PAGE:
selected shorts

Just a few quick things.
  1. A friend posted this on Facebook: "Fan fiction is a way of the culture repairing the damage done in a system where contemporary myths are owned by corporations instead of by the folk." (Henry Jenkins, director of media studies at MIT). I've never written any fan fiction, and I haven't read very much either, but I think there's something to this.
  2. In the News: "Lesbians Told They Can't Hold Hands at Gertrude Stein Exhibit"
  3. From the New Yorker: The Pope's Tweets
  4. I'm interested in learning more about e-publishing, from the author's point of view. How difficult is it, how many different formats do you have to have for different kinds of readers, how easy or difficult is the conversion process (and what formats can you convert from, are there options to proof after conversion? Given all the typos I see in e-books, more than conventional books, I'm worried that the conversion processes introduce errors. I know the different websites (Amazon, etc.) offer information, but each only offers info about their device, and (of course) they emphasize the easy parts and downplay the difficulties. So, I'm interested from an author's perspective. Thanks for any suggestions or info.

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6 Responses to selected shorts

  1. From experience with Kindle, it’s not all that difficult. You do have to download a program called Mobipocket Creator to format it correctly, but it wasn’t all that difficult to learn. I originally typed it as a .doc file which I could use. But with Mobipocket you can import .html and .txt files too. You can edit it afterwards, you have to look through the .prc file it converts it into using the Kindle for PC app. You’ll see it how everyone else will on the kindle, and if you see errors, you have to go back and fix it through the original file and redo it that way I think. (I didn’t see any other way to do it.)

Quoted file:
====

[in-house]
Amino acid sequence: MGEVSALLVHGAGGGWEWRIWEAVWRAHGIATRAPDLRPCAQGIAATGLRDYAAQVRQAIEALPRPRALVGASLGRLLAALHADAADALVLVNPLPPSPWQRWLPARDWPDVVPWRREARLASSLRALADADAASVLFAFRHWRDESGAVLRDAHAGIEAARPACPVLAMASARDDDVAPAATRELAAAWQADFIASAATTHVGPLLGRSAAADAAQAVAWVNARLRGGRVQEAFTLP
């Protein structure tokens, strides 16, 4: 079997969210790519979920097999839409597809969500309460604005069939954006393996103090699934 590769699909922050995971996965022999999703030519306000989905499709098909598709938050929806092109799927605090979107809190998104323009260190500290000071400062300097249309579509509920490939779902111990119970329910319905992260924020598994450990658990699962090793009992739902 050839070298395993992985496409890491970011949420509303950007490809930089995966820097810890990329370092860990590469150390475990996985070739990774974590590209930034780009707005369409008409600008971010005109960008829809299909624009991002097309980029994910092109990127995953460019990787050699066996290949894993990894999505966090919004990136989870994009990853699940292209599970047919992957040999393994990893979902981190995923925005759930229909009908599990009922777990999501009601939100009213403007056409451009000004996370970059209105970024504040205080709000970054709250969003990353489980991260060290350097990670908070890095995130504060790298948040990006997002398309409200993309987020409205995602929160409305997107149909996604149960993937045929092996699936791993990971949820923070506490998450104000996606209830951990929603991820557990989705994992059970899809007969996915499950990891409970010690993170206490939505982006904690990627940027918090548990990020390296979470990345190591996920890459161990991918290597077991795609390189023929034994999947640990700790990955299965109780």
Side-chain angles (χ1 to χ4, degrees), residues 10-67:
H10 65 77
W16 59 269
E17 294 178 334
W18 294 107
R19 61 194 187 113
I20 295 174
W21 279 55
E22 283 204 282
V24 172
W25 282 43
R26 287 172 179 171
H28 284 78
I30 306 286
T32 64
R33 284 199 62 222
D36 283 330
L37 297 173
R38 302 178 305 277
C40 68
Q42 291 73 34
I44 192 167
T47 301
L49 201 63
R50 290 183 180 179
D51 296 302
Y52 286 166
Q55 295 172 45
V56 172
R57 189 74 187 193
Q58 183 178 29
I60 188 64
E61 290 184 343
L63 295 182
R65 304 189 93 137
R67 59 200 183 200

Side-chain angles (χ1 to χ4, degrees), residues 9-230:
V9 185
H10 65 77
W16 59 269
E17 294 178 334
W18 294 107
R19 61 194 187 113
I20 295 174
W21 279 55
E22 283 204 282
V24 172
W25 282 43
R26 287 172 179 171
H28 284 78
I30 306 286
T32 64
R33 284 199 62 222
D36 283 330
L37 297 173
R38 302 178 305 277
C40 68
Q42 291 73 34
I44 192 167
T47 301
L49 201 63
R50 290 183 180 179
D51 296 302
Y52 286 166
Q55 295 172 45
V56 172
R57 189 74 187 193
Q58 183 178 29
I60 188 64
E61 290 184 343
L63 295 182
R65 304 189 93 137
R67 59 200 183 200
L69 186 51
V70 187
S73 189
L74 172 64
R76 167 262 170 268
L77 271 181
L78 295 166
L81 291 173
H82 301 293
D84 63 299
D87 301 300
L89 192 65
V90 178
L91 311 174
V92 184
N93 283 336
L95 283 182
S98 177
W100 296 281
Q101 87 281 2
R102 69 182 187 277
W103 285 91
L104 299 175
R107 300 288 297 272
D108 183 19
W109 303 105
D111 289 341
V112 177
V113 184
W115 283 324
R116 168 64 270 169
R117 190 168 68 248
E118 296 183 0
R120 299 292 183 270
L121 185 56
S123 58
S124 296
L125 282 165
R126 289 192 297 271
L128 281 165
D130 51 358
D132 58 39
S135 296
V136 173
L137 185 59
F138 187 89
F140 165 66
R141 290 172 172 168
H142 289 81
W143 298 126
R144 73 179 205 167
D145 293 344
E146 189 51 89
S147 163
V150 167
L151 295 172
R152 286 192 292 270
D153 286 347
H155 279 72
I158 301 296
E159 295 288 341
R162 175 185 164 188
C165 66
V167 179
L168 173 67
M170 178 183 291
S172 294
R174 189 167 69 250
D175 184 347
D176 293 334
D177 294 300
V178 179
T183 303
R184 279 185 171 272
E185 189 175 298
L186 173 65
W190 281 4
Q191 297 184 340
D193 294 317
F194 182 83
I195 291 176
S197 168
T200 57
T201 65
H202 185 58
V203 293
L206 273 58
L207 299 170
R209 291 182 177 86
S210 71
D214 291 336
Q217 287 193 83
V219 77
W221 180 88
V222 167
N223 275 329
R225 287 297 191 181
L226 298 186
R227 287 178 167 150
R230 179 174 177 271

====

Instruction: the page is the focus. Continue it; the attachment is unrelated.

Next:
That’s about all I know. I covert my own files using Calibre for people who don’t go through Kindle and distribute it myself. I convert to .pdf and .epub mostly. I forgot the format for a Nook though. Hope that helps. It wasn’t too bad of an experience other than the constant editing on my part. 😉

  2. sonje says:

    What an interesting quote about fan fiction writing. Like you, I haven’t done any of it myself or read it, but I’ve *thought* about it from time to time, and always when I feel like the story I’ve been shown has gone terribly, terribly wrong.

    I know Kristan Hoffman has a book available in all the different e-versions. I think she uses… smashwords to do a lot of it? I’m not sure, but she could tell you. Of course, she’s in a writing frenzy right now…

    Also, I doubt that the conversion process inserts typos, unless you mean something like his&@’s. Strange symbols might get in there, particularly I’ve noticed where there should be apostrophes. But misspelling are just due to the lack of an editor. It’s really hard to get all the typos, especially if you’re the only one who’s read your book before you publish it (I’m sure that happens quite a lot).

    Also, good for the lesbians! Stood up for themselves!